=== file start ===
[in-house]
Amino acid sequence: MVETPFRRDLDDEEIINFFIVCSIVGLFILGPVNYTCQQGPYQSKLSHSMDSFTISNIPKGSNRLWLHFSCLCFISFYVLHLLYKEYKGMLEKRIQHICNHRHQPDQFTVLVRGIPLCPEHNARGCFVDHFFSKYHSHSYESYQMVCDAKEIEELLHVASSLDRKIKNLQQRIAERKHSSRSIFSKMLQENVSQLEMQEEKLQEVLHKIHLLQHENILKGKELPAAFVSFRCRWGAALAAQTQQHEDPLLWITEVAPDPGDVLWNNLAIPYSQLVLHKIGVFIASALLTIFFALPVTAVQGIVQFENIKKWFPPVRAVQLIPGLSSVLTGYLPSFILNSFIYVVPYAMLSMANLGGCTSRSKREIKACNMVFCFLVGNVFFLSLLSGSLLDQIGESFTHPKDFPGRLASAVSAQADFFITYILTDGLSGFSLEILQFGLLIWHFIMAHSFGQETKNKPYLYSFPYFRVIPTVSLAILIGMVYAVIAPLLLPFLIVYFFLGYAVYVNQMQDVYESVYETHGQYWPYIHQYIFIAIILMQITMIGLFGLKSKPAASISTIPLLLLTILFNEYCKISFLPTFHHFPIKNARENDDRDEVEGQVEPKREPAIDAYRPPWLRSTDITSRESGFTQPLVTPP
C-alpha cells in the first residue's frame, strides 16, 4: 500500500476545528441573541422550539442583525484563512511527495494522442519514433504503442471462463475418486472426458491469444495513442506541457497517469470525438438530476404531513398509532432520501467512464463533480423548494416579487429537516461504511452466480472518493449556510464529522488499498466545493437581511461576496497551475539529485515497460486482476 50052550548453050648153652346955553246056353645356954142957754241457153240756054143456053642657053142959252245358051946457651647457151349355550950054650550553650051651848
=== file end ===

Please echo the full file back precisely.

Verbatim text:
[in-house]
Amino acid sequence: MVETPFRRDLDDEEIINFFIVCSIVGLFILGPVNYTCQQGPYQSKLSHSMDSFTISNIPKGSNRLWLHFSCLCFISFYVLHLLYKEYKGMLEKRIQHICNHRHQPDQFTVLVRGIPLCPEHNARGCFVDHFFSKYHSHSYESYQMVCDAKEIEELLHVASSLDRKIKNLQQRIAERKHSSRSIFSKMLQENVSQLEMQEEKLQEVLHKIHLLQHENILKGKELPAAFVSFRCRWGAALAAQTQQHEDPLLWITEVAPDPGDVLWNNLAIPYSQLVLHKIGVFIASALLTIFFALPVTAVQGIVQFENIKKWFPPVRAVQLIPGLSSVLTGYLPSFILNSFIYVVPYAMLSMANLGGCTSRSKREIKACNMVFCFLVGNVFFLSLLSGSLLDQIGESFTHPKDFPGRLASAVSAQADFFITYILTDGLSGFSLEILQFGLLIWHFIMAHSFGQETKNKPYLYSFPYFRVIPTVSLAILIGMVYAVIAPLLLPFLIVYFFLGYAVYVNQMQDVYESVYETHGQYWPYIHQYIFIAIILMQITMIGLFGLKSKPAASISTIPLLLLTILFNEYCKISFLPTFHHFPIKNARENDDRDEVEGQVEPKREPAIDAYRPPWLRSTDITSRESGFTQPLVTPP
C-alpha cells in the first residue's frame, strides 16, 4: 500500500476545528441573541422550539442583525484563512511527495494522442519514433504503442471462463475418486472426458491469444495513442506541457497517469470525438438530476404531513398509532432520501467512464463533480423548494416579487429537516461504511452466480472518493449556510464529522488499498466545493437581511461576496497551475539529485515497460486482476 50052550548453050648153652346955553246056353645356954142957754241457153240756054143456053642657053142959252245358051946457651647457151349355550950054650550553650051651848